THESEUS was the great hero of Attic legends and the son of Aegeus, king of Athens, and Aethra, daughter of Pittheus, king of Troezen, or of Poseidon and Aethra. The legend relates that Aegeus, being childless, went to Pittheus, who contrived that Aegeus should have intercourse with Aethra, who in due time brought forth Theseus. On reaching manhood Theseus was sent by his mother to Athens. He encountered many adventures on the way. First he met and slew Periphetes, surnamed Corynetes (Clubman). At the isthmus of Corinth dwelt Sinis, called the Pine-Bender, because he killed his victims by tearing them asunder between two pine-trees. Theseus hoisted the Pine-Bender on his own pine-tree. Next Theseus despatched the Crommyon ian sow (or boar). Then over a cliff he flung the wicked Sciron, who used to kick his guests into the sea, while perforce they washed his feet. In Eleusis Theseus wrestled with Cercyon and killed him. Later he slew Procrustes, who fitted all comers to his only bed by lopping or racking them to the right length. He found his father married to Medea, who had fled from Corinth. Being a witch, she knew Theseus before his father did, and tried to persuade Aegeus to poison his son; but Aegeus recognized him. Theseus was now declared heir to the throne, and the Pallantidsl, who had hoped to succeed the childless king, conspired against him, but he crushed the conspiracy. He then attacked the fire breathing bull of Marathon and brought it alive to Athens, where he sacrificed it to Apollo Delphinius. Next came the adventure of the Cretan Minotaur (q.v.).
While Theseus was on his way to Crete, Minos, wishing to see whether Theseus was really the son of Poseidon, flung his ring into the sea. Theseus dived and brought it up, together with a golden crown, the gift of Amphitrite. He landed on the return voyage at Delos, and there he and his comrades danced the crane dance, whose complicated movements were meant to imitate the windings of the Labyrinth. In historical times, this dance was still danced by the Delians round the Altar of Horns. Theseus had promised Aegeus that, if he returned successful, the black sail with which the fatal ship always put to sea should be exchanged for a white one. But he forgot his promise ; and when Aegeus, from the Acropolis at Athens, descried the black sail out at sea, 'The sons of Pallas, the brother of Aegeus. Aegeus and Poseidon are quite possibly one and the same.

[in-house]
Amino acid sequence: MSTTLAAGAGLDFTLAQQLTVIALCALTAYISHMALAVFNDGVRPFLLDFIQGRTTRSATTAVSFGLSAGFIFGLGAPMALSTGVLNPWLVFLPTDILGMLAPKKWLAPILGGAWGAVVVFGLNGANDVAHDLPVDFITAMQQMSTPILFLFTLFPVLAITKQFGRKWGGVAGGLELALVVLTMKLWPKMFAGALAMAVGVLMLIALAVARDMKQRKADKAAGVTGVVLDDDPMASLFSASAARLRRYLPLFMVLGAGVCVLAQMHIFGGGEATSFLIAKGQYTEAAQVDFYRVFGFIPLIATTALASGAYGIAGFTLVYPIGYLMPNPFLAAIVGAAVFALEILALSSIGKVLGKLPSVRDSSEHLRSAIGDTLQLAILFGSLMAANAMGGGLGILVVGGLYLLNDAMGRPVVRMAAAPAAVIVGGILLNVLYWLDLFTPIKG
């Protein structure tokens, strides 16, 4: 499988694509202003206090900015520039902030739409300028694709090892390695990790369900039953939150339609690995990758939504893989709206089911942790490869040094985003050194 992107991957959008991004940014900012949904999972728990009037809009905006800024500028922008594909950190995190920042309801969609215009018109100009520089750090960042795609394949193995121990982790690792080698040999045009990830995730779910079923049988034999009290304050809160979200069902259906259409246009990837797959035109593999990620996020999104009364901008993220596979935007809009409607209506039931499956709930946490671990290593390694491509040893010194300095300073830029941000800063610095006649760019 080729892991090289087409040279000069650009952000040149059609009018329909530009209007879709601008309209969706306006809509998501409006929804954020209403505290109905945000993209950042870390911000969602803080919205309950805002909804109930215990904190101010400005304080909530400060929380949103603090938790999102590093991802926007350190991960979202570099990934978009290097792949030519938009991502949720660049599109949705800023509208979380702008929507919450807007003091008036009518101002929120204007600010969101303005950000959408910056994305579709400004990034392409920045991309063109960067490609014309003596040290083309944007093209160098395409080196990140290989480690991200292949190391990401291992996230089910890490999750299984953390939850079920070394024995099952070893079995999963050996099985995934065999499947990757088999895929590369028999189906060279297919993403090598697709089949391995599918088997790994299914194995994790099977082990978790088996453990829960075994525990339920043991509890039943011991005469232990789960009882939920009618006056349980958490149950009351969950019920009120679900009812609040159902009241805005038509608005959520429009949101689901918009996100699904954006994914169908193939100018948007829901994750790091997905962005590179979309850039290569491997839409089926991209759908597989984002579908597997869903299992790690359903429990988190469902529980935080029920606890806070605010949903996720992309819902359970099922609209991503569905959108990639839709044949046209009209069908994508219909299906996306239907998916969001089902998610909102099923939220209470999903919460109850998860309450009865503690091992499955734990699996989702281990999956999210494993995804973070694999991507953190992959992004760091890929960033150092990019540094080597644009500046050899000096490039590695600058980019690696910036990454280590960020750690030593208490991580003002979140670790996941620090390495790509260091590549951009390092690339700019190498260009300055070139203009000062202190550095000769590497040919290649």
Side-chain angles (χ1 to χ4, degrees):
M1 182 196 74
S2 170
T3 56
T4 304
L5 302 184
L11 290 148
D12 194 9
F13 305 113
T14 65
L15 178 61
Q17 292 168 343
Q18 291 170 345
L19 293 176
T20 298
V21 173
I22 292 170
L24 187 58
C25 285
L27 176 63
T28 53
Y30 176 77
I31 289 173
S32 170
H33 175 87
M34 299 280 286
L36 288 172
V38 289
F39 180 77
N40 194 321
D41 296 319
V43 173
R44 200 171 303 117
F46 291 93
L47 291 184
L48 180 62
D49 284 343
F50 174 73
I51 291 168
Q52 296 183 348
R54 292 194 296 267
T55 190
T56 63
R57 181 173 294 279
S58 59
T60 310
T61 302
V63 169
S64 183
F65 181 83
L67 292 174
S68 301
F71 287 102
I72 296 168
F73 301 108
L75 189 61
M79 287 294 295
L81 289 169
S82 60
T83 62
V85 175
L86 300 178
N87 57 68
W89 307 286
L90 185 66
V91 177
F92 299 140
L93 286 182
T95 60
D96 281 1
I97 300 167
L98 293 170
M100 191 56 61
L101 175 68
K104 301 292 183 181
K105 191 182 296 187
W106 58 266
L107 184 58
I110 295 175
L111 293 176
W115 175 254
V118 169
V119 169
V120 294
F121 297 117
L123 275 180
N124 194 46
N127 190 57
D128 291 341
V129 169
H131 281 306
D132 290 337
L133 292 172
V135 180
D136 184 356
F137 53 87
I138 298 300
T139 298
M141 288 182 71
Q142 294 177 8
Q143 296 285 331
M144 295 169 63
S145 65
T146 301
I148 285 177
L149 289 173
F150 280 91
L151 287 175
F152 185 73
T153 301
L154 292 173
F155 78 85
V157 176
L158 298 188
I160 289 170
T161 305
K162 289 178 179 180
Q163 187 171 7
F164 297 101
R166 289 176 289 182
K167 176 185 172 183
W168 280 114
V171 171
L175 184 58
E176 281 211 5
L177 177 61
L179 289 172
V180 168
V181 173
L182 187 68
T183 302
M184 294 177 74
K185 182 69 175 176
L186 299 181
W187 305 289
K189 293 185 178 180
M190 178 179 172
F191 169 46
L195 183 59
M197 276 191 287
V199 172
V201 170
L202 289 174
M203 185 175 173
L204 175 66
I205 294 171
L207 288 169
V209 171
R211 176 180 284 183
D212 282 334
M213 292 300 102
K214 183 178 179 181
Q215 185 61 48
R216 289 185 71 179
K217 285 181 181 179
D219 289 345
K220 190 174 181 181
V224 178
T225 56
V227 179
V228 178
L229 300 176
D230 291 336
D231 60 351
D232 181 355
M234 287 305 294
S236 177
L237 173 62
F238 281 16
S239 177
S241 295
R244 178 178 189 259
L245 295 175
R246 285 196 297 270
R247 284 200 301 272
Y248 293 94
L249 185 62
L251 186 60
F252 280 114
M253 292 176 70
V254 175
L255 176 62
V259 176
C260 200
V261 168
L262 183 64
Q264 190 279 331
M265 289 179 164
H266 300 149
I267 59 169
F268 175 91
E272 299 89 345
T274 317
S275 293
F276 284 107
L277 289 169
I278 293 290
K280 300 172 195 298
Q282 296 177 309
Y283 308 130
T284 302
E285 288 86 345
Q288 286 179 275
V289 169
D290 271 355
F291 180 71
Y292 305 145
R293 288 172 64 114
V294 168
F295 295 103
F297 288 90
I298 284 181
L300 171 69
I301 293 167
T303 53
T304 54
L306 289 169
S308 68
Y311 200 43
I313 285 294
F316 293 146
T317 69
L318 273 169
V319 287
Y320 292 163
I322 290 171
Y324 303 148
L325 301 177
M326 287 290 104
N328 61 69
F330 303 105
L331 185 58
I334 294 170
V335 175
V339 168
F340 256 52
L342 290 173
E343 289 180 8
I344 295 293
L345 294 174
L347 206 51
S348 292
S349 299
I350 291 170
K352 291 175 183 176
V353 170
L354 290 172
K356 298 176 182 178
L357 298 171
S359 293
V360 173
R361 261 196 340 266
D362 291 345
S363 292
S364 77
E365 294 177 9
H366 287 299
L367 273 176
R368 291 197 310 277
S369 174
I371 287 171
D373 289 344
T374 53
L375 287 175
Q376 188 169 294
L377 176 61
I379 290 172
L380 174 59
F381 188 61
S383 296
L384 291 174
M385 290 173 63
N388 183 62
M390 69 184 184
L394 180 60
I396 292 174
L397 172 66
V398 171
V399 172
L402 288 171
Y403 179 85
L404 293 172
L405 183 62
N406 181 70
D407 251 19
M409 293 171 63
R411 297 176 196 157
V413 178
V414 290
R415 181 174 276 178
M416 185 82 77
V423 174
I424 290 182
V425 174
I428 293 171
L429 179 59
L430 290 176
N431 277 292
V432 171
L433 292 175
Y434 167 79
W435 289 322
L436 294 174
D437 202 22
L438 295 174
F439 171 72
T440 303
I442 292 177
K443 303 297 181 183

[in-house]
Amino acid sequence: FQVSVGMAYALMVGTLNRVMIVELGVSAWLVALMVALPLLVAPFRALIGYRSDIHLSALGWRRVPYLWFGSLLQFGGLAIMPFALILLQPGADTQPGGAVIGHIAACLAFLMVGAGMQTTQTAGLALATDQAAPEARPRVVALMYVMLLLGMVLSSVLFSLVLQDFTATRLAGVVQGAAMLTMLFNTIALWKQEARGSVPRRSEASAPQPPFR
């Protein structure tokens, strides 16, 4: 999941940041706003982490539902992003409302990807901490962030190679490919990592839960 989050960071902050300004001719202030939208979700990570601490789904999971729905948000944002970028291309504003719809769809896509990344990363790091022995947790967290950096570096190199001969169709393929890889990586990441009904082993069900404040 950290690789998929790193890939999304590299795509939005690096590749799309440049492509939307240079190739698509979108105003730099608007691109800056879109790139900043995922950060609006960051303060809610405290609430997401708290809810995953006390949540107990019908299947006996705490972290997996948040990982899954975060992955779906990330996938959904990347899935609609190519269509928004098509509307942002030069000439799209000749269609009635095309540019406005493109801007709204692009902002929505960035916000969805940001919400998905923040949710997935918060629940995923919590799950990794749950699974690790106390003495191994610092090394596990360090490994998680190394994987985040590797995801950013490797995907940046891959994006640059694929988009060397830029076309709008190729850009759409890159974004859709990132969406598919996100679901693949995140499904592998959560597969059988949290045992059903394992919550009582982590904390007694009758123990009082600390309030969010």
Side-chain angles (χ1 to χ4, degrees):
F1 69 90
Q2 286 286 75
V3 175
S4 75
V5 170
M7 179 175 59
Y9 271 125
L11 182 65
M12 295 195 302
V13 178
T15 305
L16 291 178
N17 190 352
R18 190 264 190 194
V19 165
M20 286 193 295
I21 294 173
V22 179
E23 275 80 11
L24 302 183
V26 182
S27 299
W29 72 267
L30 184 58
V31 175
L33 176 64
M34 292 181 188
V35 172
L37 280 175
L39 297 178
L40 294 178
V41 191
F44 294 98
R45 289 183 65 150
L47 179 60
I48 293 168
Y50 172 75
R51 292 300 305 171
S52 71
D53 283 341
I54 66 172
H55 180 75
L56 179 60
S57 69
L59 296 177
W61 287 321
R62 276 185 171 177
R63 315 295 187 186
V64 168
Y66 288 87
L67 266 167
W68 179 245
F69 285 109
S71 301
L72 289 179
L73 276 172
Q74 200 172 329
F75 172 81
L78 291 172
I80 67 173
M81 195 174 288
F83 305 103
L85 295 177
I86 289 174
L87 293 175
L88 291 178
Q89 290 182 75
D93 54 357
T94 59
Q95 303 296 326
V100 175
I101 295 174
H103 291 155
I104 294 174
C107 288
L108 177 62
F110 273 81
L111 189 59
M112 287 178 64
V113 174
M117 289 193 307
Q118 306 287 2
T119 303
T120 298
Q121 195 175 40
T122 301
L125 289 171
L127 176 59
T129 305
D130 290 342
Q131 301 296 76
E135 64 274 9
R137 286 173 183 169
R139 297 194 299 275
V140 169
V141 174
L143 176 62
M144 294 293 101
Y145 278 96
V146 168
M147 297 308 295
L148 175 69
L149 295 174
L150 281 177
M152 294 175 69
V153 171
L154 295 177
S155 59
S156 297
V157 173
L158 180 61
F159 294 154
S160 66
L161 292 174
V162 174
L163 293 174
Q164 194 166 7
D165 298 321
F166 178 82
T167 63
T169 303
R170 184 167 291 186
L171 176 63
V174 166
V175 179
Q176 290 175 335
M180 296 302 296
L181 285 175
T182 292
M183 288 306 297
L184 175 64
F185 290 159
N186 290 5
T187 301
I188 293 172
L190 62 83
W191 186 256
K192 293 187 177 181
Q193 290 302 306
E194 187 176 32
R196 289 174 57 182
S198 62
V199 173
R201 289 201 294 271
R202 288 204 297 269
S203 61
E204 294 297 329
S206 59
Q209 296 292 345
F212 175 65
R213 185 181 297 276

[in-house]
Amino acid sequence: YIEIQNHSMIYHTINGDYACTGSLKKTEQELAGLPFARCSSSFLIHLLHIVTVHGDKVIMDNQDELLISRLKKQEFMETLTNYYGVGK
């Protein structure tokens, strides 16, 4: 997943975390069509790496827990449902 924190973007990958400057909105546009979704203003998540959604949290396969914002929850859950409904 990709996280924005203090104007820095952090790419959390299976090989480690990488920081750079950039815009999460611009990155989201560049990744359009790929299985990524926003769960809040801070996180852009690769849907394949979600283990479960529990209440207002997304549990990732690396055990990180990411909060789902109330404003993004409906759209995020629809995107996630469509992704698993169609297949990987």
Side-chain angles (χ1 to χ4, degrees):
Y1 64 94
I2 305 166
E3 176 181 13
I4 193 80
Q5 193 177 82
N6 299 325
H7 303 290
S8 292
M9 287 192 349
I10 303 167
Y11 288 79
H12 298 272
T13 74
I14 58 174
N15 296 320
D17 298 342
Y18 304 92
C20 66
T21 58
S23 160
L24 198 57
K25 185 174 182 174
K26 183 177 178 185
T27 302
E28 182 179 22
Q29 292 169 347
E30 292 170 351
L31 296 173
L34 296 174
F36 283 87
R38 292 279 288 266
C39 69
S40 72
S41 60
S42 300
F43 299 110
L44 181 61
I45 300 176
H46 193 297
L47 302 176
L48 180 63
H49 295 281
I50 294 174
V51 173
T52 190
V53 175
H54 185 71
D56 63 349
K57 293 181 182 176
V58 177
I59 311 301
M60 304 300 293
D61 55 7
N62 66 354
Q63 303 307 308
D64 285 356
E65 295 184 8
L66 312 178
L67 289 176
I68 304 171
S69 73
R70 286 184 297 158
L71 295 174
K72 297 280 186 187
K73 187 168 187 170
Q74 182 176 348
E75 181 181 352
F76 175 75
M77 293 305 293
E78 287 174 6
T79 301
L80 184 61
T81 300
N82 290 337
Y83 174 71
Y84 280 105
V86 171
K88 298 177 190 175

he flung himself from the rock and died. Hence, at the festival which commemorated the return of Theseus there was always weeping and lamentation. Theseus now carried out the union of the various Attic communities into a single State. He extended
the territory of Attica to the isthmus of Corinth.
He transformed the Isthmian ceremony in honour of Meli certes by adding games in honour of Poseidon. Alone, or with Heracles, he captured the Amazon princess Antiope. Thereafter the Amazons attacked Athens. Antiope fell fighting on the side of Theseus. By her he had a son, Hippolytus (q.v.). Theseus is also said to have taken part in the Argonautic expedition and the Calydonian boar-hunt. He compelled the Thebans to give up the unburied bodies of the Seven (see ANTIGONE).
The famous friendship between Theseus and Peirithous, king of the Lapiths, originated when Peirithous heard of the strength and courage of Theseus, and desired to put them to the test. Accordingly, he drove away from Marathon some cows which belonged to Theseus. The latter pursued, but when he came up with the robber the two heroes were so filled with admiration of each other that they swore brotherhood. At the marriage of Peirithous, a fight broke out between the Lapiths and Centaurs (q.v.). Theseus and Peirithous now carried off Helen (q.v.). He now descended to the lower world with Peirithous, to help his friend to carry off Persephone. But the two were caught and con fined in Hades till Heracles came and released Theseus. When Theseus returned to Athens, he found that a sedition had been stirred up by Menestheus, a descendant of Erechtheus, one of the old kings of Athens. Failing to quell the outbreak, Theseus in despair sent his children to Euboea, and after solemnly cursing the Athenians sailed away to the island of Scyrus, where he had ancestral estates. But Lycomedes, king of Scyrus, took him up to a high place, and killed him by casting him into the sea. His ghost was said to have appeared in the Athenian ranks at Mara thon. When the Persian war was over, the Delphic oracle bade the Athenians fetch the bones of Theseus from Scyrus and lay them in Attic earth. This was done, in 469, by Cimon. His chief festival, called Theseia, was on the 8th of the month Pyanepsion (Oct. 21), but the 8th day of every month was sacred to him.
The well-preserved Doric temple to the north of the Acropolis at Athens, commonly known as the Theseum, is certainly not his shrine. There were several (according to Philochorus, four) temples or shrines of Theseus at Athens.
See (a) of ancient works, especially Plutarch's Theseus, (b) of modern works, L. Preller, ed. C. Robert, Gr. Mythologie, ii, p. 676 ff. (4 vol., 1887-94) ; L. R. Farnell, Hero-Cults, p. 337 ff. (1921) ; Stend ing in Roscher's Lexikon, s.v. (good bibliography) also 0. Gruppe, Griechische Mythologie, i. pp. 581--6o8 (Munich, 1898).